Due to a temporary gap in coverage, VCH said it is implementing this interim measure to ensure those accessing maternity services continue to receive quality care and treatment, wherever they are on their maternity journey. VCH’s priority continues to be the wellbeing, health and safety of our patients, including babies delivered at its hospital sites. 

VCH said it appreciates the importance of patients having a safe and positive birthing experience, and is committed to making this referral process as seamless as possible for any patients who may be impacted.

A regional Emergency Operations Centre will support the diversion of patients to other facilities, as appropriate, to ensure the facility is prepared to provide a high standard of care and their needs are met.

VCH said that it also recognizes this operational adjustment may cause concern for those accessing maternity services and sincerely apologised to its patients and their families for any disruption.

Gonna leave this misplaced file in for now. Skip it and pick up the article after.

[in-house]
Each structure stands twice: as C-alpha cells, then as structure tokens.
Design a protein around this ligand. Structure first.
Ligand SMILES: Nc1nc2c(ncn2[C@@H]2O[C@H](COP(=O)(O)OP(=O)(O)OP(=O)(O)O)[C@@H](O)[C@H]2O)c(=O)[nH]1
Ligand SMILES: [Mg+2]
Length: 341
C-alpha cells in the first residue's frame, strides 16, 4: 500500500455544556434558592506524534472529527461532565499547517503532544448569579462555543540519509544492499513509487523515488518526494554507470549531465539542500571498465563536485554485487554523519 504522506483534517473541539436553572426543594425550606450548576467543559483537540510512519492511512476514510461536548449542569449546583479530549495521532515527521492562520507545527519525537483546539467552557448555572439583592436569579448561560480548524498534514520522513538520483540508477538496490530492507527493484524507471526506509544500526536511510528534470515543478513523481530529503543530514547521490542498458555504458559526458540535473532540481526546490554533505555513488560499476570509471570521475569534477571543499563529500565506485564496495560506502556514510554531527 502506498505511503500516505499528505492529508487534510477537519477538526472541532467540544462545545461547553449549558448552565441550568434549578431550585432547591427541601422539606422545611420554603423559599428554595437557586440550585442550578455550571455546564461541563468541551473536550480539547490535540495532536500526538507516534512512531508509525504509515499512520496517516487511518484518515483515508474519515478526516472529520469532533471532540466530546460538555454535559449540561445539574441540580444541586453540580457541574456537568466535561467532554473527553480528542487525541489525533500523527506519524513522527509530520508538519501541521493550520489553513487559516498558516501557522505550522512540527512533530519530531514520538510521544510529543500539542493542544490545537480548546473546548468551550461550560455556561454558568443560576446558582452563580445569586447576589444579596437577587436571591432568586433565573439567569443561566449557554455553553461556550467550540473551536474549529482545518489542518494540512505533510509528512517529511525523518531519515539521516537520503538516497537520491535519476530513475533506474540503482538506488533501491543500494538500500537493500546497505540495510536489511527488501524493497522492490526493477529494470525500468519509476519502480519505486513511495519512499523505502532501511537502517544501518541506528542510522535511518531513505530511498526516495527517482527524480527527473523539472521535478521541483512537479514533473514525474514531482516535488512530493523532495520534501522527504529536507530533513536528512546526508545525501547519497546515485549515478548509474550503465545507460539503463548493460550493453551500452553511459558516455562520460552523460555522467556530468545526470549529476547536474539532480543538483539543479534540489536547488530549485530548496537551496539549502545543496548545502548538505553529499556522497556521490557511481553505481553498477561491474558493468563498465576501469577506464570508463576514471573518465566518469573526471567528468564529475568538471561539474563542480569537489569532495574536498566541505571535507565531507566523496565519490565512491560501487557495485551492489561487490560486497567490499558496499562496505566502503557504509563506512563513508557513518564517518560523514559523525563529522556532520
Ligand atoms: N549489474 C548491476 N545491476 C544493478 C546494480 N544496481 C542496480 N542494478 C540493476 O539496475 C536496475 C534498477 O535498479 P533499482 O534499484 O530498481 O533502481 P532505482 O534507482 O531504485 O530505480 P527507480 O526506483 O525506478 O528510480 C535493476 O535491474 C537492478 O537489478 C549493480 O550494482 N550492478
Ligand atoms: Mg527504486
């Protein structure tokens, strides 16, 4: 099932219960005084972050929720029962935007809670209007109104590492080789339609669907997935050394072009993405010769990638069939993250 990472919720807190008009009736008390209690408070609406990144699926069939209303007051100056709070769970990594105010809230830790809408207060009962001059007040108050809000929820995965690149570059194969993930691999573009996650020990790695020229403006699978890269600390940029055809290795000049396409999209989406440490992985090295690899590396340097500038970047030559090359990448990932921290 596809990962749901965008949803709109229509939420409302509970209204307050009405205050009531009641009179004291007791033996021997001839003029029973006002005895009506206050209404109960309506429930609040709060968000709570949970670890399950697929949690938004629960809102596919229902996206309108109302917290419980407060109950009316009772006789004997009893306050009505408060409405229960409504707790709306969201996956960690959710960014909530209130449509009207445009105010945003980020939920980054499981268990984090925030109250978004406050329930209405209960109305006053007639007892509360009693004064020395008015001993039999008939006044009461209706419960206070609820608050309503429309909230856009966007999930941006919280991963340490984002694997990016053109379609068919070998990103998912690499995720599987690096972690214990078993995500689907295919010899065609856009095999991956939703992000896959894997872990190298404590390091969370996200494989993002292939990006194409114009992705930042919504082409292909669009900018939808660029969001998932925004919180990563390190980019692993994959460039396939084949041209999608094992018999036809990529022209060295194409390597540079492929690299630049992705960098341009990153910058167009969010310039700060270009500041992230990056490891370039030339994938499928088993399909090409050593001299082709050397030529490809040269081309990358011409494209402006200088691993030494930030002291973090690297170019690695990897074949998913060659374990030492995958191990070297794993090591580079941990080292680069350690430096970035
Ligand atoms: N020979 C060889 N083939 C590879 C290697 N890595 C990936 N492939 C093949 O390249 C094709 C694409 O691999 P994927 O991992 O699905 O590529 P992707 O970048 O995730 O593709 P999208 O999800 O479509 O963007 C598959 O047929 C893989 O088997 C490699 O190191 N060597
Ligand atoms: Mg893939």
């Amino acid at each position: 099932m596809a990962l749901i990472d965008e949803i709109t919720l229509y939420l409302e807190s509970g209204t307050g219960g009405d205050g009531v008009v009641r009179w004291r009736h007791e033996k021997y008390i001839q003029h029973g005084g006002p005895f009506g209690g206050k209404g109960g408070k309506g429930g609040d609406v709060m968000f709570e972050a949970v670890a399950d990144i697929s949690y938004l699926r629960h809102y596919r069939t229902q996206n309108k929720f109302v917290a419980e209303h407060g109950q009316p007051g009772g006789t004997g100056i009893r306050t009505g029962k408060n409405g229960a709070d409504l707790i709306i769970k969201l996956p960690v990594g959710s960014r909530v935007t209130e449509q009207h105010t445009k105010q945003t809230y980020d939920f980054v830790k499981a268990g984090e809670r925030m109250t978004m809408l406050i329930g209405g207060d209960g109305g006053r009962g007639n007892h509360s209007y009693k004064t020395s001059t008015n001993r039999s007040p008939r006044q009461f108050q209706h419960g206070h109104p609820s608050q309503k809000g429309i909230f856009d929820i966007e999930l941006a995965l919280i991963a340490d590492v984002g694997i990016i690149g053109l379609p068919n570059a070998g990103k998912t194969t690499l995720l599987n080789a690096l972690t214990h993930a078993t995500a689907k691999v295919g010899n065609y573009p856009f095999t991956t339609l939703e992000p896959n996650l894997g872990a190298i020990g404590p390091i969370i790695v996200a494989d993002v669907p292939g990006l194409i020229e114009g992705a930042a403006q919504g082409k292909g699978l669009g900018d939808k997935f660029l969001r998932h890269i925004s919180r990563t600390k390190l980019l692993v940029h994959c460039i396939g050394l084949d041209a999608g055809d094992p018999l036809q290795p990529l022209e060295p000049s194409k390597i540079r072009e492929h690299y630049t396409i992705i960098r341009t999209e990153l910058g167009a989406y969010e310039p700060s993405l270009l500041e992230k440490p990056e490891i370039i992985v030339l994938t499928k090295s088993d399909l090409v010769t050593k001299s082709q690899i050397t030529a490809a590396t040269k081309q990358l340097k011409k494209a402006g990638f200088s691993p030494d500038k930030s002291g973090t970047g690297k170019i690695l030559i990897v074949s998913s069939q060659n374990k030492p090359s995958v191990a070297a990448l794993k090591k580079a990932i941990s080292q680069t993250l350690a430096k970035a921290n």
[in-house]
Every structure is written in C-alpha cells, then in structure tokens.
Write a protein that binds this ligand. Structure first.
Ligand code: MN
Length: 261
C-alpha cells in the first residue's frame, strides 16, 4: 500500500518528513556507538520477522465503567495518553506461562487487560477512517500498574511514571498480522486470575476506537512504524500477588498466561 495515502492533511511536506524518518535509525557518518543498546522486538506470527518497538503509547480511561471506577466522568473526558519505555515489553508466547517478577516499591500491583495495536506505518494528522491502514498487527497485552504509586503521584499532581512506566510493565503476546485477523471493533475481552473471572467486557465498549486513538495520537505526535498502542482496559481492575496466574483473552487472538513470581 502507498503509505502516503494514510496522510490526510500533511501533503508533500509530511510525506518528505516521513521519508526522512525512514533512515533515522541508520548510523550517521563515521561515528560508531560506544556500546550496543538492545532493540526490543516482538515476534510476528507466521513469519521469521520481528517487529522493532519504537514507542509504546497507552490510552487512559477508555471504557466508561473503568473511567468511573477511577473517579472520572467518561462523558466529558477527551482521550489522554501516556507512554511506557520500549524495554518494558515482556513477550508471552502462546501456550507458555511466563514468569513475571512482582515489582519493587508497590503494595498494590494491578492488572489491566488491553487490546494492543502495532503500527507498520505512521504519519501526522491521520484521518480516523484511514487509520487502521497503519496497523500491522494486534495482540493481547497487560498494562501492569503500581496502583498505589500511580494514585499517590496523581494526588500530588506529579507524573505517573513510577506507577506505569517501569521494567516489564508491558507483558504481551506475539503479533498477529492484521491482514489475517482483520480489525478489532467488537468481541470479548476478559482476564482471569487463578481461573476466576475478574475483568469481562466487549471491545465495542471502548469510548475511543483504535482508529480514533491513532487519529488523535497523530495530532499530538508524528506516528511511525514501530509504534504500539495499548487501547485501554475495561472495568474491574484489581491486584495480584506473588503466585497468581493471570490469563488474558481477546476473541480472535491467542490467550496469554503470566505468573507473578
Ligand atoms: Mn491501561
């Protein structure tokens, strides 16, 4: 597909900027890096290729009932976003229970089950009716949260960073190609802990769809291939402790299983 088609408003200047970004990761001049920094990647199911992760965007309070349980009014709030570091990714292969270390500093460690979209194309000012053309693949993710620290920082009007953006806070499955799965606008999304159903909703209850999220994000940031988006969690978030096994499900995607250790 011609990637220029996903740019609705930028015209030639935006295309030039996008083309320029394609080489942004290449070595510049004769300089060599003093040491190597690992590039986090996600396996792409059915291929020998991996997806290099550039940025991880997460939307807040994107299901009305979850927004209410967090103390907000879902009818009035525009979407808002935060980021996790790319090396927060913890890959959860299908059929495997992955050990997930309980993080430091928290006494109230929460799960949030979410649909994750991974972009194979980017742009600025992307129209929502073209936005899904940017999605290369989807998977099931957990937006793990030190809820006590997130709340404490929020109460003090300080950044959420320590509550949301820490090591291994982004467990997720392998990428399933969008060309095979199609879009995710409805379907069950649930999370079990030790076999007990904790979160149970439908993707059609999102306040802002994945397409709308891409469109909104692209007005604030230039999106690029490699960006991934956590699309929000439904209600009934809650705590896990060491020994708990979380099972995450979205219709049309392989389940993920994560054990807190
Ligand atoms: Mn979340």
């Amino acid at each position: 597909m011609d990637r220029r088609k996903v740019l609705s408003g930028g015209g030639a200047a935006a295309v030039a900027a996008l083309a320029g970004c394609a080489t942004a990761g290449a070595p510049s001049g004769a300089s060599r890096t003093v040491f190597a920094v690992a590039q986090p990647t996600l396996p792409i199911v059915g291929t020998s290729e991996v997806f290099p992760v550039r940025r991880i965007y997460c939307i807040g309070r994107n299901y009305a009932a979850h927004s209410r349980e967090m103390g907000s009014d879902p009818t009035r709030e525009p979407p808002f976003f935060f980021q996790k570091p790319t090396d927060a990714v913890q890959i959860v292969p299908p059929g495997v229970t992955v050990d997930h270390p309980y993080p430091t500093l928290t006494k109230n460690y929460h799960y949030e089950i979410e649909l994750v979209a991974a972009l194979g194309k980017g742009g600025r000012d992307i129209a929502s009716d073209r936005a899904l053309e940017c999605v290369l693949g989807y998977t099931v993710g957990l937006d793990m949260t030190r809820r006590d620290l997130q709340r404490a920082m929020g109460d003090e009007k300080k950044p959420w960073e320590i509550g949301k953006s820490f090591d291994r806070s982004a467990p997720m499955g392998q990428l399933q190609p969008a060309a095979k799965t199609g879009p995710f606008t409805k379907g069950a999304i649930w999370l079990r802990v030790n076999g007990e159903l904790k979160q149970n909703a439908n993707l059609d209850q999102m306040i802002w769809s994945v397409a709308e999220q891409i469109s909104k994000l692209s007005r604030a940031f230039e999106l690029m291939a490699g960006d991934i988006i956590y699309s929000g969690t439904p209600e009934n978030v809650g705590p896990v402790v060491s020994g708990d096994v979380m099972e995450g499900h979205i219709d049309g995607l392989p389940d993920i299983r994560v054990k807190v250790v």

VCH said it is making every effort to address any gaps in coverage, and continues to explore and implement a wide range of measures to help address current staffing challenges and other demands on acute care delivery. This includes targeted recruitment strategies and the redesign of staffing models, where appropriate. 

If requiring urgent care, pregnant individuals should proceed to the Emergency Department nearest to them. If the person believes they are having complications, they should call 9-1-1 without delay.

Police trying to positively identify two male suspects in Saanich shooting incident

The suspect vehicle. Photo: RCMP

THE Vancouver Island Integrated Major Crime Unit (VIIMCU) said on Thursday evening that it is working with the BC Coroner’s Service in order to positively identify the two male suspects.

Once that is complete VIIMCU said its first priority will be to speak to their next of kin and then it will be moving forward on determining more about them, which would include their backgrounds or histories and how that may relate to what took place.

Numerous witnesses have been interviewed, however, police still have many more interviews to conduct. They also continue to canvass the neighbourhood and gather both physical and digital evidence from the scene and surrounding area.